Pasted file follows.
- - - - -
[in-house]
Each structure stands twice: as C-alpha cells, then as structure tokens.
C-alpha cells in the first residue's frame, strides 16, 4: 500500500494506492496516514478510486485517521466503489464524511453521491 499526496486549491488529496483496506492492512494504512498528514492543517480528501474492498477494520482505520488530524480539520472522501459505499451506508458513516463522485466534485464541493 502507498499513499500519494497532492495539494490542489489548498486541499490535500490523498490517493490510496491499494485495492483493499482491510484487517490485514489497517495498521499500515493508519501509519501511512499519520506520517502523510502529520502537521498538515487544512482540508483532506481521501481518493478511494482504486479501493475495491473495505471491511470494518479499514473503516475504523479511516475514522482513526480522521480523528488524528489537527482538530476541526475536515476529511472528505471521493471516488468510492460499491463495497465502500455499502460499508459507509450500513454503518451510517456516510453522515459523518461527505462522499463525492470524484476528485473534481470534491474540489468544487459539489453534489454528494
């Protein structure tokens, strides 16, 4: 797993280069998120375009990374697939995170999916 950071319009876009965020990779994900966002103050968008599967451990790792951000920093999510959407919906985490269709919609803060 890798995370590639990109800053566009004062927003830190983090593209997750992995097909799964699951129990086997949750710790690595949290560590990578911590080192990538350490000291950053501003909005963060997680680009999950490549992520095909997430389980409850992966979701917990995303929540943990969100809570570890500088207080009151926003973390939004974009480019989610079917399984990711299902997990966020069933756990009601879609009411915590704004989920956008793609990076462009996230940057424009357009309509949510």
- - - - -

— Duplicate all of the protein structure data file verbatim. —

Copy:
[in-house]
Each structure stands twice: as C-alpha cells, then as structure tokens.
C-alpha cells in the first residue's frame, strides 16, 4: 500500500494506492496516514478510486485517521466503489464524511453521491 499526496486549491488529496483496506492492512494504512498528514492543517480528501474492498477494520482505520488530524480539520472522501459505499451506508458513516463522485466534485464541493 502507498499513499500519494497532492495539494490542489489548498486541499490535500490523498490517493490510496491499494485495492483493499482491510484487517490485514489497517495498521499500515493508519501509519501511512499519520506520517502523510502529520502537521498538515487544512482540508483532506481521501481518493478511494482504486479501493475495491473495505471491511470494518479499514473503516475504523479511516475514522482513526480522521480523528488524528489537527482538530476541526475536515476529511472528505471521493471516488468510492460499491463495497465502500455499502460499508459507509450500513454503518451510517456516510453522515459523518461527505462522499463525492470524484476528485473534481470534491474540489468544487459539489453534489454528494
């Protein structure tokens, strides 16, 4: 797993280069998120375009990374697939995170999916 950071319009876009965020990779994900966002103050968008599967451990790792951000920093999510959407919906985490269709919609803060 890798995370590639990109800053566009004062927003830190983090593209997750992995097909799964699951129990086997949750710790690595949290560590990578911590080192990538350490000291950053501003909005963060997680680009999950490549992520095909997430389980409850992966979701917990995303929540943990969100809570570890500088207080009151926003973390939004974009480019989610079917399984990711299902997990966020069933756990009601879609009411915590704004989920956008793609990076462009996230940057424009357009309509949510």